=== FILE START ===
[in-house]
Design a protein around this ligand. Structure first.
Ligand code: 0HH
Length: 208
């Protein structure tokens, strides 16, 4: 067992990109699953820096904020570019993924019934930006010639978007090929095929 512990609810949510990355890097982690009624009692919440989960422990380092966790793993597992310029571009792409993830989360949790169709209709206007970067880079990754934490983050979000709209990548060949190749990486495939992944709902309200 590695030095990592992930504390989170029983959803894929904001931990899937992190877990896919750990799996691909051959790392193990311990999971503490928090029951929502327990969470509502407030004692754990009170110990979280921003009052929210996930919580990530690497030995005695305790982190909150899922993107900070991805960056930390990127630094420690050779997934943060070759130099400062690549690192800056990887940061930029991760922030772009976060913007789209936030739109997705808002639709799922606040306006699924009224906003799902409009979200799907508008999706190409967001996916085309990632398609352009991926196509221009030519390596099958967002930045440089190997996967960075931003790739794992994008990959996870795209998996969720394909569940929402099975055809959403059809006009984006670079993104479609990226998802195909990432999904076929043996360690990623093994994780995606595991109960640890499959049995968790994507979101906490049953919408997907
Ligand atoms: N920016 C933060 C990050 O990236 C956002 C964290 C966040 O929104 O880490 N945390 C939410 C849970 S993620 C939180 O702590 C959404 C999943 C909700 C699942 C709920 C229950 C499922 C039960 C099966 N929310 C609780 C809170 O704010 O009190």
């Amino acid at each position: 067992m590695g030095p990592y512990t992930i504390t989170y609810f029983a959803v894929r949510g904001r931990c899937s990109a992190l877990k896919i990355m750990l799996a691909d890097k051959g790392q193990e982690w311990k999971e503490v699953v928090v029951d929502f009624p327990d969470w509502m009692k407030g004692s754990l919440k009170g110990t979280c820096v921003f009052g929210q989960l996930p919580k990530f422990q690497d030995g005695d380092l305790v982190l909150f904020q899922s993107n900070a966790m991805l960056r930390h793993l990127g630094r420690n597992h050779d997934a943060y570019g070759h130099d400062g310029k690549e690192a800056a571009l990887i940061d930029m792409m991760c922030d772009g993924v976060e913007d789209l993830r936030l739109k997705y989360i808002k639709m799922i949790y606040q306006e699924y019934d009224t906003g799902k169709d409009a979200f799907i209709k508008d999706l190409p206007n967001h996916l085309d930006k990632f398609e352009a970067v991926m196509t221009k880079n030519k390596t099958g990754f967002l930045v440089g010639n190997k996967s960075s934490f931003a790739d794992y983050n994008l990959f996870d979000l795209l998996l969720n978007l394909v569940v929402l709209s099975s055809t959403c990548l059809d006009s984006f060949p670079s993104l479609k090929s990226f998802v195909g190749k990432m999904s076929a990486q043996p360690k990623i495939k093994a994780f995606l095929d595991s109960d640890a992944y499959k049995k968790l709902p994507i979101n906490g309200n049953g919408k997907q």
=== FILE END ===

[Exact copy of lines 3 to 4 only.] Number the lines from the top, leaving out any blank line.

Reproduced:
Ligand code: 0HH
Length: 208